In 1913 the “world’s largest sun dial” was built on Entrata Court, in the middle of what had been the Ingleside race track, off Ocean Avenue. It was perhaps not the ideal location for a device that depends on sunshine to be built in one of the foggiest parts of San Francisco. It does have one unusual feature. If you climb to the top of this sundial you will be able to see the houses of the victim and of the perpetrator of the most famous murder in Ingleside history.
On the night of April 29, 1932. as Warren and Verna Louw walked On the night of April 29, 1932. as Warren and Verna Louw walked home from the El Rey Theater on Ocean Avenue they noticed a suspicious-looking automobile slowly circling the area. After the car drove off, the couple discovered the crumpled body of a woman lying on the pavement near the curb in front of 150 Kenwood Street .
She was soon identified by a neighbor as Jessie Scott Hughes, a 59-year-old widow who lived alone at 41 Lakewood Street . Public Defender Frank Egan could tell them more, the man said, for he was a close friend of Mrs. Hughes and managed her financial affairs.
The 50-year-old Egan was a well-respected figure in San Francisco's political and criminal justice circles. A former city police officer who had passed the bar and established a private law practice in 1914, he had been appointed the city's first Public Defender in 1918 and had been reelected continuously thereafter.
Egan said that his client had been in the habit of going on night hikes without a hat or coat, a practice he had warned her about repeatedly. Egan volunteered that he had attended the fights that night at Dreamland Auditorium at the time of Mrs. Hughes’ death.
When the car was located, the police learned that it had been borrowed by Verne Doran, a convicted burglar who worked as a chauffeur for Public Defender Frank Egan. Also under suspicion was Albert Tinnin, another ex-con who had been paroled through the intercession of the kindly public defender. Neither Doran nor Tinnin could be located.
As reporters and detectives investigated, a different picture of Frank Egan began to emerge. A bank had started foreclosure proceedings on the Egan home at 225 Urbano Drive to recover a $9000 mortgage that had gone unpaid. Dr. Alexander Keenan, who had treated Mrs Hughes, said that Egan refused to pay him, claiming that her funds had been exhausted.. At least three other women had their estates dwindle dramatically under Egan’s care.
In the midst of the investigation the police received a call from Egan, claiming that he had been kidnapped. A few days later Egan turned up in a private sanatorium on Steiner Street where, according to his spokesman and attorney, the legendary Vincent Hallinan, he was recovering from a nervous breakdown. Egan, said Hallinan, couldn't remember anything that had occurred since the preceding Saturday.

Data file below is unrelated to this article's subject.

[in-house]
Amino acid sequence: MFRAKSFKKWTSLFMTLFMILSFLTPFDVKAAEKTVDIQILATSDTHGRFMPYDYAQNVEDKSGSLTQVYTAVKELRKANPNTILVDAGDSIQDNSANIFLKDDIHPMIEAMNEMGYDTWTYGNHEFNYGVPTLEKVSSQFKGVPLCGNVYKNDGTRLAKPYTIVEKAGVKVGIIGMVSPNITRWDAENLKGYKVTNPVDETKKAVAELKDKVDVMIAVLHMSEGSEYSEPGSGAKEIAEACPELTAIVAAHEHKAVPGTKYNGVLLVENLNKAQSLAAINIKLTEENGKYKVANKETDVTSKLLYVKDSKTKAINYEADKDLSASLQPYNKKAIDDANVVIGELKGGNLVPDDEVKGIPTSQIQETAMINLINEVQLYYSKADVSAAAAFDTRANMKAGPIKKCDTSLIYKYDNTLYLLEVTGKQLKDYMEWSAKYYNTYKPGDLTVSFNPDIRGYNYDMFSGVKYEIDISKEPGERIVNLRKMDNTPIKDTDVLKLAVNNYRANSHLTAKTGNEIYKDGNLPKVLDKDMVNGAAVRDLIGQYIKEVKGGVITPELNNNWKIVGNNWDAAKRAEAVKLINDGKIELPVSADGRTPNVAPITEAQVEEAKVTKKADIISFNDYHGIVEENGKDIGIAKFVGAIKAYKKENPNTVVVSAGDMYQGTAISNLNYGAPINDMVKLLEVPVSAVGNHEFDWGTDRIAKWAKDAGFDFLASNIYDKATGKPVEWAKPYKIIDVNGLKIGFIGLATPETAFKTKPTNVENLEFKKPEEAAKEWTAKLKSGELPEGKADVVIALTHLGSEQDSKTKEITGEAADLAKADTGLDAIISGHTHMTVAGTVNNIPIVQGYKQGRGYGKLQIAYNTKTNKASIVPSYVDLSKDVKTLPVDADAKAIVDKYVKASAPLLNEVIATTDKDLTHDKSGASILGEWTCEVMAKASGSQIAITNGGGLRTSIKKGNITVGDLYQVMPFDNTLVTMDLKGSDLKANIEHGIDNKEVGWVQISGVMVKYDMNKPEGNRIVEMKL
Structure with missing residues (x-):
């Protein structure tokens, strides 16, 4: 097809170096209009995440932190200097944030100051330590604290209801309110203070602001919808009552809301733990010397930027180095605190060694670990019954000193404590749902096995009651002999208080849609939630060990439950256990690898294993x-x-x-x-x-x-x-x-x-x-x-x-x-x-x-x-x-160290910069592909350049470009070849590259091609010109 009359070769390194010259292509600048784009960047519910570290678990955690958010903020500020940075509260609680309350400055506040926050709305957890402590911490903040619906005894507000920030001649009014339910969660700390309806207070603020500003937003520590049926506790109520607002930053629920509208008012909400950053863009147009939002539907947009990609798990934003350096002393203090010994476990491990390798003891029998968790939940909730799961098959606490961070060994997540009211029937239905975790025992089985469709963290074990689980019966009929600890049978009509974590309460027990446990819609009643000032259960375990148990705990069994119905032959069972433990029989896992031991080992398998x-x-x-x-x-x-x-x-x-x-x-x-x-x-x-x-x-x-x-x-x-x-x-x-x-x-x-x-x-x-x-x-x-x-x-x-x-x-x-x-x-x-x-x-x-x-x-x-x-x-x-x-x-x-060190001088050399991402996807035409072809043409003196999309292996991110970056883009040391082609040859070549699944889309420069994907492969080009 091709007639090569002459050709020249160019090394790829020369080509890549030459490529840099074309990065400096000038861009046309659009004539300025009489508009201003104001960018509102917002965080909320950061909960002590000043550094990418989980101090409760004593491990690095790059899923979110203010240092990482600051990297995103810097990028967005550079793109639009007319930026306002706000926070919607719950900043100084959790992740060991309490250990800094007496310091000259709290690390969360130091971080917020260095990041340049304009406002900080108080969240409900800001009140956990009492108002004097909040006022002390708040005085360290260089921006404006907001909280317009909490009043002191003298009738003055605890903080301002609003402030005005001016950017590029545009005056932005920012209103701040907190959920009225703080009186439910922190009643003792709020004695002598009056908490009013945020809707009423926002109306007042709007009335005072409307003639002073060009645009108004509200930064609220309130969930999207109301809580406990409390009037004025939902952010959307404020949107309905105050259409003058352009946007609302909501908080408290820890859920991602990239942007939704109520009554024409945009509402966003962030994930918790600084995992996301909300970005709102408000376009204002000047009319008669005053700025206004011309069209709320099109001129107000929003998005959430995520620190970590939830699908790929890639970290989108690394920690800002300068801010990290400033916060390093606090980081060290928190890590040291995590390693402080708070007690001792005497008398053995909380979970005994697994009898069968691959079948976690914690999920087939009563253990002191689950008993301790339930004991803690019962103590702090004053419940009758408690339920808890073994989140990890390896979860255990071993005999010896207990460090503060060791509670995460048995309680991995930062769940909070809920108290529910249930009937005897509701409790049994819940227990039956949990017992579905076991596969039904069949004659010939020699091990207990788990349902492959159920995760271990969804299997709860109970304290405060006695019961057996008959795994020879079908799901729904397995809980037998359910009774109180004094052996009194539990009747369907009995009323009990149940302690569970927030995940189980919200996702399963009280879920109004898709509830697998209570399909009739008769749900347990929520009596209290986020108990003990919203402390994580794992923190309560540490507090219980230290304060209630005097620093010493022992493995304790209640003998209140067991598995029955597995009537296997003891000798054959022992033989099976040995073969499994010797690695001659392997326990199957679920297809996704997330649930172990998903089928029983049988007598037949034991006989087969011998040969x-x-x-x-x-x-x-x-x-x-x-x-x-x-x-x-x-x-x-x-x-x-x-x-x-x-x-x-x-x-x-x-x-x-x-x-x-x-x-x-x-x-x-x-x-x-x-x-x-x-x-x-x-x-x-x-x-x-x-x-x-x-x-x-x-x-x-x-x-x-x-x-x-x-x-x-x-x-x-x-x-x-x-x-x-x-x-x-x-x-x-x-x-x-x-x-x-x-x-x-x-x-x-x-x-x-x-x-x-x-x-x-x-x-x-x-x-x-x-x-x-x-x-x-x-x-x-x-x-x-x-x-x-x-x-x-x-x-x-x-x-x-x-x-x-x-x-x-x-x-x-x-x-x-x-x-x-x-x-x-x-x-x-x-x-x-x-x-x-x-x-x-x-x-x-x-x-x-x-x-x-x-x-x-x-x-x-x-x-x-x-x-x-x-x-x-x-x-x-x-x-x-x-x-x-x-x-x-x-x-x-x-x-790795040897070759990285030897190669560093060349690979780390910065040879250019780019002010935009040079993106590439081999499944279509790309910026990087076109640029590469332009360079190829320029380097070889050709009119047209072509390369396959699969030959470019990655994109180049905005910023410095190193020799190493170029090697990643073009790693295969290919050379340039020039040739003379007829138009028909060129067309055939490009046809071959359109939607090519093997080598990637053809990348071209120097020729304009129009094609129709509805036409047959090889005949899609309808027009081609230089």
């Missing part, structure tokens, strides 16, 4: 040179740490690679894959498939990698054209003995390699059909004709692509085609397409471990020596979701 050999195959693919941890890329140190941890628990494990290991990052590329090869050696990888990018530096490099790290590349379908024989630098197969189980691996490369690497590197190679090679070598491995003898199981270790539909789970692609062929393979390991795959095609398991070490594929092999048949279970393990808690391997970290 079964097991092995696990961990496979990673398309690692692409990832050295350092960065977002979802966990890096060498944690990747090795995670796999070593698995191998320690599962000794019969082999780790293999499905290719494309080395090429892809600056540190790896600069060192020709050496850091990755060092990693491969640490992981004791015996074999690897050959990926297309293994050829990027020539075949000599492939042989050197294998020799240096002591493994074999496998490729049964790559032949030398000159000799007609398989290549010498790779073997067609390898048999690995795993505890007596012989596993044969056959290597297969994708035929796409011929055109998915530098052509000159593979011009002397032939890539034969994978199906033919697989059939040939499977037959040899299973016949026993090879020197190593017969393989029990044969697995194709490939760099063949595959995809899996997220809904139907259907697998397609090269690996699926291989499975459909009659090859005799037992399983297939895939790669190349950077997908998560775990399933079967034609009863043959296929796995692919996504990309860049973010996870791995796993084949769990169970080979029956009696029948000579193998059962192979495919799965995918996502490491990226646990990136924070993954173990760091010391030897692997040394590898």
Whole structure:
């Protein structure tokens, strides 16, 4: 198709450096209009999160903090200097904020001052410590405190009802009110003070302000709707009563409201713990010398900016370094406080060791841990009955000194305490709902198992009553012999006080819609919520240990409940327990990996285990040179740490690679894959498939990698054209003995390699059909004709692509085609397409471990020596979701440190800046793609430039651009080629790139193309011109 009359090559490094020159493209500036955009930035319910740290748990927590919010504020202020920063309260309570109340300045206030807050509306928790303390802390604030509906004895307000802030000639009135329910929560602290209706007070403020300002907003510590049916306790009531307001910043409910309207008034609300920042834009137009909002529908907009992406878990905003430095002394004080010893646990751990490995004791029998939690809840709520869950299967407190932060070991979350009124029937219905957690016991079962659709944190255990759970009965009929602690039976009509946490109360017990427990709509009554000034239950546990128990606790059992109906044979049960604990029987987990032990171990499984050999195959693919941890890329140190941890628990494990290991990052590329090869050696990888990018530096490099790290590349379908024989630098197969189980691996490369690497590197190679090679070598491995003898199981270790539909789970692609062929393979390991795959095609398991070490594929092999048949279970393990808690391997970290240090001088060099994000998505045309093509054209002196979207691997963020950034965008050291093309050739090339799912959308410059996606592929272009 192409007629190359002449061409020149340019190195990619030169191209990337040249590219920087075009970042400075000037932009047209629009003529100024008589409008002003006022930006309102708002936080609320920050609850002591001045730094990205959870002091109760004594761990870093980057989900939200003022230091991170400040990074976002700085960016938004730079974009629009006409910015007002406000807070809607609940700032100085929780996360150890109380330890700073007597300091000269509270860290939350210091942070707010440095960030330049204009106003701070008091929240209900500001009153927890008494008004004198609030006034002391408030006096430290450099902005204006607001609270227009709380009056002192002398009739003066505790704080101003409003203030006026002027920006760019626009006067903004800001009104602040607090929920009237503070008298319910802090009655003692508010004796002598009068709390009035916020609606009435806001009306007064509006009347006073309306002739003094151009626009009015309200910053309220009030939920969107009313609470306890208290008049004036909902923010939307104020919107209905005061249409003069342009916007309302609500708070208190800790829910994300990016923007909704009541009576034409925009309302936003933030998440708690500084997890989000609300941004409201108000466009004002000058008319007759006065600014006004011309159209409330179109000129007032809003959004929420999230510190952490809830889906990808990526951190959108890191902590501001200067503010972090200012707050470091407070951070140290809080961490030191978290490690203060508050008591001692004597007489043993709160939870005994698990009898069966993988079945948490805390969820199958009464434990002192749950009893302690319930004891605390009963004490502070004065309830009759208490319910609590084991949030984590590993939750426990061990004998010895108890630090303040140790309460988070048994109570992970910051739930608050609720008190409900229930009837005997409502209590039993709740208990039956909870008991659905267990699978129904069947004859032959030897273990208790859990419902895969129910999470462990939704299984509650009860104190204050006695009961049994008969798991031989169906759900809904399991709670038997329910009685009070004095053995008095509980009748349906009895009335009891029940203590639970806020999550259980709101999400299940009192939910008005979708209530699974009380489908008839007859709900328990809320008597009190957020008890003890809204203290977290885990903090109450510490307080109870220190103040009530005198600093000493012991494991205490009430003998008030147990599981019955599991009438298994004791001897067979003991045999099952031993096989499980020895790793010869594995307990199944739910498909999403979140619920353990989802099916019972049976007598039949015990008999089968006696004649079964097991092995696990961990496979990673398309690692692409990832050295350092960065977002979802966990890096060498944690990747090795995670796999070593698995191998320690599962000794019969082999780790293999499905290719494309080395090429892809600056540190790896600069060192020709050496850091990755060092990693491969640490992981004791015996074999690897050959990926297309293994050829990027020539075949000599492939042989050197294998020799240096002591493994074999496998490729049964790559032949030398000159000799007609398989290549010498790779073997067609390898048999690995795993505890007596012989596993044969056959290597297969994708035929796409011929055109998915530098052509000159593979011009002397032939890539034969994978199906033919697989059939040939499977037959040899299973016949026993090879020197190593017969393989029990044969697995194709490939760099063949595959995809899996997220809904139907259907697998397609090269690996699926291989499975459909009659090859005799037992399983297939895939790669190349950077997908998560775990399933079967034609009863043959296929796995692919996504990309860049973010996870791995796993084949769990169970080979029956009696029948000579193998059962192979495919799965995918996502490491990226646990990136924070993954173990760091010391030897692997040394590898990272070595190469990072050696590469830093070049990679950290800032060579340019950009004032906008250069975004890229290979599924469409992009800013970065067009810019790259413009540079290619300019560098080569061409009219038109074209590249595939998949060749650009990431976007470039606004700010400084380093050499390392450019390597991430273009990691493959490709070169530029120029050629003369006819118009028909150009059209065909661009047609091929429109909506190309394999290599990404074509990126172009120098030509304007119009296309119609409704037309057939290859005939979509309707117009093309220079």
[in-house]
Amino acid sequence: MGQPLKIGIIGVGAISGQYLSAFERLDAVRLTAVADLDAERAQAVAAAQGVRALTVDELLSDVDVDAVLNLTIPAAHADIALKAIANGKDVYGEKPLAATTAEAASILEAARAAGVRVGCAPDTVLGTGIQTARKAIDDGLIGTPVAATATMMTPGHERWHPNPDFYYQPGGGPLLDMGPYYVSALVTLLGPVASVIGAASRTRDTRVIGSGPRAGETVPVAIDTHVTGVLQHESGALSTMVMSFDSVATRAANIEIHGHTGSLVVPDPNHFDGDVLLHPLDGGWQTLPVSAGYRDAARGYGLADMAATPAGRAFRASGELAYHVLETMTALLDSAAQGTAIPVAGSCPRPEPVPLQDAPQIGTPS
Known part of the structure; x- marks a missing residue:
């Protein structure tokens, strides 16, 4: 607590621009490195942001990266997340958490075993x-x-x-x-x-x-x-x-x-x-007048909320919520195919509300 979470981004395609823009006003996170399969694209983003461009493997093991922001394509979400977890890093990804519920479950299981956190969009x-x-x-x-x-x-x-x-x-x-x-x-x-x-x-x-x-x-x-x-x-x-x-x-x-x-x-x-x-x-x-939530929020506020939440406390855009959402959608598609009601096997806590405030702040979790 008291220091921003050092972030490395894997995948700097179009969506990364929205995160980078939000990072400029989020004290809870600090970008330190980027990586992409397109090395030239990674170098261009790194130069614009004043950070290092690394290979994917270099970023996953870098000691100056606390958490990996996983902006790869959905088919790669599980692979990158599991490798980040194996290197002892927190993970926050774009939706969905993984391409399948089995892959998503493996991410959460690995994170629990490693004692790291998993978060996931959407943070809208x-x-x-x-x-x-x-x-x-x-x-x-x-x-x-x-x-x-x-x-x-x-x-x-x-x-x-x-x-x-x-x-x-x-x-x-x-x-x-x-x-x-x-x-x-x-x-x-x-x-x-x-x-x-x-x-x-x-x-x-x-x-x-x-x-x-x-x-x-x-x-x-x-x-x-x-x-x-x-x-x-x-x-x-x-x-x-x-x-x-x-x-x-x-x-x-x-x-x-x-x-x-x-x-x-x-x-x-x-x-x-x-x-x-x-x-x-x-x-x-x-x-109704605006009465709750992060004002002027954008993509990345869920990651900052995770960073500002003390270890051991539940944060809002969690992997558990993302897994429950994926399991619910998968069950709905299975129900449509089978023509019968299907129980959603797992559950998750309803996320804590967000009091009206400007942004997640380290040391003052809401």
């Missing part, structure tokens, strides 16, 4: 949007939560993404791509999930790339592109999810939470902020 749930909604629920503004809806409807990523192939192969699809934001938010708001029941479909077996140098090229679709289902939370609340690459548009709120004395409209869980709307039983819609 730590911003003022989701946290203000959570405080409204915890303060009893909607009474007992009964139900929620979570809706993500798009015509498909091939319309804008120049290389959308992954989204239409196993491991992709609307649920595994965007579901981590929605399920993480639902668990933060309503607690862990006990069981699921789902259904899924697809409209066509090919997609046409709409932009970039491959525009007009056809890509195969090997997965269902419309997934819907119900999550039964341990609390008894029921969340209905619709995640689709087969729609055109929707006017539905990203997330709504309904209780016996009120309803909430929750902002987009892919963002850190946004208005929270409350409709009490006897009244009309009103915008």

As the web of evidence drew around Egan and his two suspected accomplices, Egan's defenders rallied to his cause. It was all a frame-up. Attorney Hallinan and others charged, engineered to abolish the office of Public Defender. The police soon captured Tinnin and, as the authorities were closing in on him, Doran turned himself in to the police, confessed and implicated Egan.
Doran was the star witness for the prosecution, repeating in detail the story of how he and Tinnin had killed Mrs. Hughes at Egan's request. Despite the overwhelming evidence Attorney Hallinan mounted his customary spirited defense throughout. He finished off by going to jail on a charge of contempt for interrupting Prosecutor Golden during his closing arguments. On September 3, 1932 the case went to the jury and three days later they returned a verdict of guilty of first degree murder against both Egan and Tinnin. Their sentence was to be life in prison.
Egan never did admit to the crime and claimed that Tinnin had confessed only to expedite his own release. Over the years, Egan had made several futile attempts to seek an executive pardon and was finally paroled in October 1957. His object, he said in a post-release interview, was to clear his name. He died four years later still protesting his innocence.
"I had occasion to interview Vincent Hallinan in the early 1990s, more than half a century after the most famous San Francisco murder of the early 1930s and I asked him about Egan's claim of innocence, which some still claimed to support. Hallinan just smiled and rolled his eyes.”
Kevin Mullen, Ret Deputy Police Chief , San Francisco